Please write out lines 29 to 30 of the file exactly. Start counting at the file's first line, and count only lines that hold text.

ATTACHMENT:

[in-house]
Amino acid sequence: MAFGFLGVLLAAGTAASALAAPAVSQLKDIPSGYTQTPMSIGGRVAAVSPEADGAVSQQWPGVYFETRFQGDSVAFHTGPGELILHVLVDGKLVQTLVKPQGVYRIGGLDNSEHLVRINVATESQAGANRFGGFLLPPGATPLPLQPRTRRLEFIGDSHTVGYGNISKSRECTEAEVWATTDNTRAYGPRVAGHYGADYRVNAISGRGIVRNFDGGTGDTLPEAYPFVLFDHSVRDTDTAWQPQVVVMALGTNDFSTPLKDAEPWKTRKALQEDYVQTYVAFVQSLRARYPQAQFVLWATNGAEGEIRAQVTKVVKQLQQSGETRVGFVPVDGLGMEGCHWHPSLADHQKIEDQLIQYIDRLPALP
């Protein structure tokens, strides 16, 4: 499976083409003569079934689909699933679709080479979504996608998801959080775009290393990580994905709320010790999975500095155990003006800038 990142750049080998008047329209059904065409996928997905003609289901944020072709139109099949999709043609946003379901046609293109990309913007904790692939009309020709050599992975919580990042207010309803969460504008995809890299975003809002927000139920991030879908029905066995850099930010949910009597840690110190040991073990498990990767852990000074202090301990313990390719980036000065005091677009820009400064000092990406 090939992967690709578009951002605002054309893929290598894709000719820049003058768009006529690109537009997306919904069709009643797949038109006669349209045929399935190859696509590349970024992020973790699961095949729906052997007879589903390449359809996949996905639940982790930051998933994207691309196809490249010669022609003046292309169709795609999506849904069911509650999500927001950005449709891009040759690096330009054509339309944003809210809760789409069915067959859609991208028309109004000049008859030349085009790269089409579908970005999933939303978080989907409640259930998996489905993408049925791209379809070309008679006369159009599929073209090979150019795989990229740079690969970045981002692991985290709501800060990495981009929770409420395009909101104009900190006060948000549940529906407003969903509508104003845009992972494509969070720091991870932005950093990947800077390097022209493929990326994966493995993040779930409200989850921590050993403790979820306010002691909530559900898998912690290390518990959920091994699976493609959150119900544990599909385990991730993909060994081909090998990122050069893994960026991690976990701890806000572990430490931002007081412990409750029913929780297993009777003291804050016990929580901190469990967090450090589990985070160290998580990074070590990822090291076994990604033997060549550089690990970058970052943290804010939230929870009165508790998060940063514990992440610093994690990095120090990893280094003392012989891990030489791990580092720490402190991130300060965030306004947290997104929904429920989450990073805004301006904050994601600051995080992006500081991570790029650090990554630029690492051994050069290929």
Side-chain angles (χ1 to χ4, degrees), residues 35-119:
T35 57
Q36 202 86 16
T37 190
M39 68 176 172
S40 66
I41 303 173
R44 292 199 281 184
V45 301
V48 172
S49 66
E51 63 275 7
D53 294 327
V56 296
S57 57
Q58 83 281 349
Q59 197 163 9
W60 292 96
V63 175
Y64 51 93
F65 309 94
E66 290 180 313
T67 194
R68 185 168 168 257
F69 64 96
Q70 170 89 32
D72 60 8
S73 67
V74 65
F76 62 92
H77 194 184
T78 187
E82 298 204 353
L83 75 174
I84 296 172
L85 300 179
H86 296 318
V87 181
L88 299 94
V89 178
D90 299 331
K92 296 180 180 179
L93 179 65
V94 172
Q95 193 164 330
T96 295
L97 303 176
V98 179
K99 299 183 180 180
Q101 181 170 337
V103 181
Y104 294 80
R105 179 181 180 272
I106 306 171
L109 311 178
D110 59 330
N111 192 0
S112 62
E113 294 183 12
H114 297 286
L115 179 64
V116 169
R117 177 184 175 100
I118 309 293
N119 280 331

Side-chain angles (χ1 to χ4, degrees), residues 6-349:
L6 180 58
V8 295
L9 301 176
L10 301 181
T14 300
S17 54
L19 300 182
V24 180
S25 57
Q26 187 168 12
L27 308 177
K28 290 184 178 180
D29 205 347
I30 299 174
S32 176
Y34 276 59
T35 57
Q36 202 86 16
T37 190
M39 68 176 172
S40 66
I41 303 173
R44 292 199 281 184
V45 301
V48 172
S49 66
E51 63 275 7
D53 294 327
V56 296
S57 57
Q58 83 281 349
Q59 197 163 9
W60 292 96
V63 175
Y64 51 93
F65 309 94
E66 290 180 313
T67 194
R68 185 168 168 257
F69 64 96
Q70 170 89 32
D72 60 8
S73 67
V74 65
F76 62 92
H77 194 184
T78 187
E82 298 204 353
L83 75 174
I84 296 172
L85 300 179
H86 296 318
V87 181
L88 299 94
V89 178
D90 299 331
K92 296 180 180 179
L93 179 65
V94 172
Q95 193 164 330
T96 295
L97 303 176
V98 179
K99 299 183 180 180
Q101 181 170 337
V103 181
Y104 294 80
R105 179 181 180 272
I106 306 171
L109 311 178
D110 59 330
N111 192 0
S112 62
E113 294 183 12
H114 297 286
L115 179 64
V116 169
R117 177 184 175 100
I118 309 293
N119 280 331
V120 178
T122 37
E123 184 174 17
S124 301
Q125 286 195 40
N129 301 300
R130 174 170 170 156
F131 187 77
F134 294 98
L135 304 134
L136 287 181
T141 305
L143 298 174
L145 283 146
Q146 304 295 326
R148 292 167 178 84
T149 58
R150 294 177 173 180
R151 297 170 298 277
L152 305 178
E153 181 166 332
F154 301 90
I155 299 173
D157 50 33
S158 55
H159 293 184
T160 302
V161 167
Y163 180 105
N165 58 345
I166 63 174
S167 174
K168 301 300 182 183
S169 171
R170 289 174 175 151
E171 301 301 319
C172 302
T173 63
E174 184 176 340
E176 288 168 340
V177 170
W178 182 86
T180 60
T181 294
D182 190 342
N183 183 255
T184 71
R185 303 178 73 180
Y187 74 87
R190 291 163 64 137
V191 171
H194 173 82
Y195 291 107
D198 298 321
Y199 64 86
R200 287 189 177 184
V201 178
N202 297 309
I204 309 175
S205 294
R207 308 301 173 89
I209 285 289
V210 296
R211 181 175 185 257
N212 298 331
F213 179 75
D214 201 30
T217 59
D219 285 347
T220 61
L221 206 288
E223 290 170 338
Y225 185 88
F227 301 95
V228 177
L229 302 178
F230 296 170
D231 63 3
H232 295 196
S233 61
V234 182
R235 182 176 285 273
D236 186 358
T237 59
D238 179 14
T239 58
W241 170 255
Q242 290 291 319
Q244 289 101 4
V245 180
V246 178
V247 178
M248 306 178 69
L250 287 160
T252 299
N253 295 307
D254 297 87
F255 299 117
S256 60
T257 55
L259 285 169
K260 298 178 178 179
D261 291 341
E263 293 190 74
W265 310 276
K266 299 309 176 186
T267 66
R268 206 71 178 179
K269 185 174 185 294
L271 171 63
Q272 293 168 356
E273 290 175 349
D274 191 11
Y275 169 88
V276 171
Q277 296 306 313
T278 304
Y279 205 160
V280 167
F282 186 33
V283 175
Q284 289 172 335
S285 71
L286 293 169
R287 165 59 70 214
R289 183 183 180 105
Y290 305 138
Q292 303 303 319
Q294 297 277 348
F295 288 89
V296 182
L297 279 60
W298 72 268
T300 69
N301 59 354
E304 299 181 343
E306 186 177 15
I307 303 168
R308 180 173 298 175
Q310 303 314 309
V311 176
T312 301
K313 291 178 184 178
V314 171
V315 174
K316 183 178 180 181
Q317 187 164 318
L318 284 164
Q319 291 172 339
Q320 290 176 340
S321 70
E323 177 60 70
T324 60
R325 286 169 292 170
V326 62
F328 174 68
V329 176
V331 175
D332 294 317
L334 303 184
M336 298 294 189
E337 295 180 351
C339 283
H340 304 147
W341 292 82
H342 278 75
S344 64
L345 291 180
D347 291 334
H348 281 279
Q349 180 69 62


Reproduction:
Q70 170 89 32
D72 60 8